When it comes to the Draft, the wide receiver position next spring will be very deep. Depending on what underclassmen declare for the Draft, it could easily be as strong as the 2022 Draft was. If that ends up being the case, the Bears could easily get a high-quality wide receiver in the second round. History tells us that several great wide receivers are playing in the League that weren't drafted in the first round. To mention a few names, Devante Adams, D.K. Metcalf, A.J. Brown, and Deebo Samuel were all second-round picks, as was Allen Robinson. Cooper Kupp went in the third, and Stefon Diggs and Tyreek Hill were selected in the fifth round. All are Pro Bowl receivers and are or were number one receivers during their careers.

With the depth of the Draft being strong at wide receiver, there is a higher probability that the Bears will select a defensive or offensive lineman in the opening round. When a club is rebuilding, it is always smarter to build from the inside out rather than the outside in.

The Bears' offensive line has struggled in pass protection early this season, but we have to remember that the Bears' OLine might be the youngest in the League. Left tackle Braxton Jones has a very bright future, as does right guard Teven Jenkins. The Bears need to determine if Larry Borom is the right guy for the right tackle position. They will no doubt know that by season's end. If Borom isn't the right player, then the Bears could draft a tackle in the opening round. This year's tackle class right now doesn't look real deep, but of course, that could change depending on underclassmen declaring.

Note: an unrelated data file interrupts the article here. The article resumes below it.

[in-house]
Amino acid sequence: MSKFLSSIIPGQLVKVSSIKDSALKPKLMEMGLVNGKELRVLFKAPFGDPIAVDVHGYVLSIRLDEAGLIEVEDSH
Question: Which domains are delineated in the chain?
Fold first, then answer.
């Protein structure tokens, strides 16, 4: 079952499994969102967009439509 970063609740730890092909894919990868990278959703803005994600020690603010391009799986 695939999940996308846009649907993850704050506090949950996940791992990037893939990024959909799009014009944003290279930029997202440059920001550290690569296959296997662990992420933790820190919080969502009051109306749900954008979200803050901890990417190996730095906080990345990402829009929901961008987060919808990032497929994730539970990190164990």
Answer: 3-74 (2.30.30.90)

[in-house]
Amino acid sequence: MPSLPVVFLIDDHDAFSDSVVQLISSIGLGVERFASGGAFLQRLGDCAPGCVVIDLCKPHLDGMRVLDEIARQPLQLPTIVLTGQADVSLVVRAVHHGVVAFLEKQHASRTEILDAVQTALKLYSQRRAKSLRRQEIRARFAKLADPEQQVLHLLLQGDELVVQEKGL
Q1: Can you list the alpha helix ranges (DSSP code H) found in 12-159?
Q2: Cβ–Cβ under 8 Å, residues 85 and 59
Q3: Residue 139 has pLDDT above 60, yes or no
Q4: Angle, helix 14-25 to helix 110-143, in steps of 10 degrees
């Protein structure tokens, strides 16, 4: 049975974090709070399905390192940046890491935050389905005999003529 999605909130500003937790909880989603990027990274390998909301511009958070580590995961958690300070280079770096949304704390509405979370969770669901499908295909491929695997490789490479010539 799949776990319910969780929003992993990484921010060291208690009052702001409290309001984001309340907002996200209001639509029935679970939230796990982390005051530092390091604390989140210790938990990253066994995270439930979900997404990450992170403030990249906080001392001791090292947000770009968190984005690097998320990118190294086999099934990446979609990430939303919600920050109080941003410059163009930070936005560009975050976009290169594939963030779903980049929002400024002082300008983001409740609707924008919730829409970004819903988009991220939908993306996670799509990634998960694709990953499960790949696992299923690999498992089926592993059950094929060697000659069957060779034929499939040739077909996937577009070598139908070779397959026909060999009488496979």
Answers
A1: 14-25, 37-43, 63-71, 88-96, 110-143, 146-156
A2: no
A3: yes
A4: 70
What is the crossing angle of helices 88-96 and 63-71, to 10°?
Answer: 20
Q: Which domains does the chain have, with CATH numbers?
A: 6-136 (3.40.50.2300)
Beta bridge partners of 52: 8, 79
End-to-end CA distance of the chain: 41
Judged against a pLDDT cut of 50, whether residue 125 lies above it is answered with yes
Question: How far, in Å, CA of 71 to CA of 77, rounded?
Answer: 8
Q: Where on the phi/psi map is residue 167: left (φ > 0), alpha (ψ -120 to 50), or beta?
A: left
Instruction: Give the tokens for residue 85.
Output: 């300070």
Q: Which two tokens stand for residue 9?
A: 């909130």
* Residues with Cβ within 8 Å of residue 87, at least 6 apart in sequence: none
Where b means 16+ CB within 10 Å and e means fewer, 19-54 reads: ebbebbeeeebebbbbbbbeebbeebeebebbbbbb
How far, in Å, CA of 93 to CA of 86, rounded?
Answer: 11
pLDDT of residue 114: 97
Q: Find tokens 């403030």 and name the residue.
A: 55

The defensive line has been inconsistent. The Bears tried to sign Larry Ogunjobi in free agency, but he failed his physical because of a foot problem. They then went to their number two 3-technique and signed Justin Jones. Jones has played well but is he a natural 3-tech?

Finding good 3-techs for this defense is a difficult task. Trust, me, I know as I drafted two Pro Bowl 3-techs in Tommie Harris and Henry Melton. In all honesty, Melton was drafted to play defensive end, but after having him just one year, we saw a natural 3-tech and moved him inside.

To be a 3-tech in this defense, a prospect has to have some special qualities. He has to be very explosive as well as very athletic. His job is to get quick penetration and disrupt both the run and pass game. He must be a quality run defender and pass rusher, not one or the other. Those guys are hard to find, and there are only a few in each draft. That said, it wouldn't surprise me to see the Bears go in that direction come Draft Day.

While that may be what they want to do, the Draft has to fall in such a way that the player they want is there. Until we know exactly where the Bears are drafting and who is actually in the Draft, it's very hard to predict as we won't have the answers for another three months.

As we get closer to the end of the season and get a better feeling to what the Bears need and who will be in the Draft, I'll update you. Trying to pinpoint certain players for the Bears the first week of October is nothing more than an exercise in futility.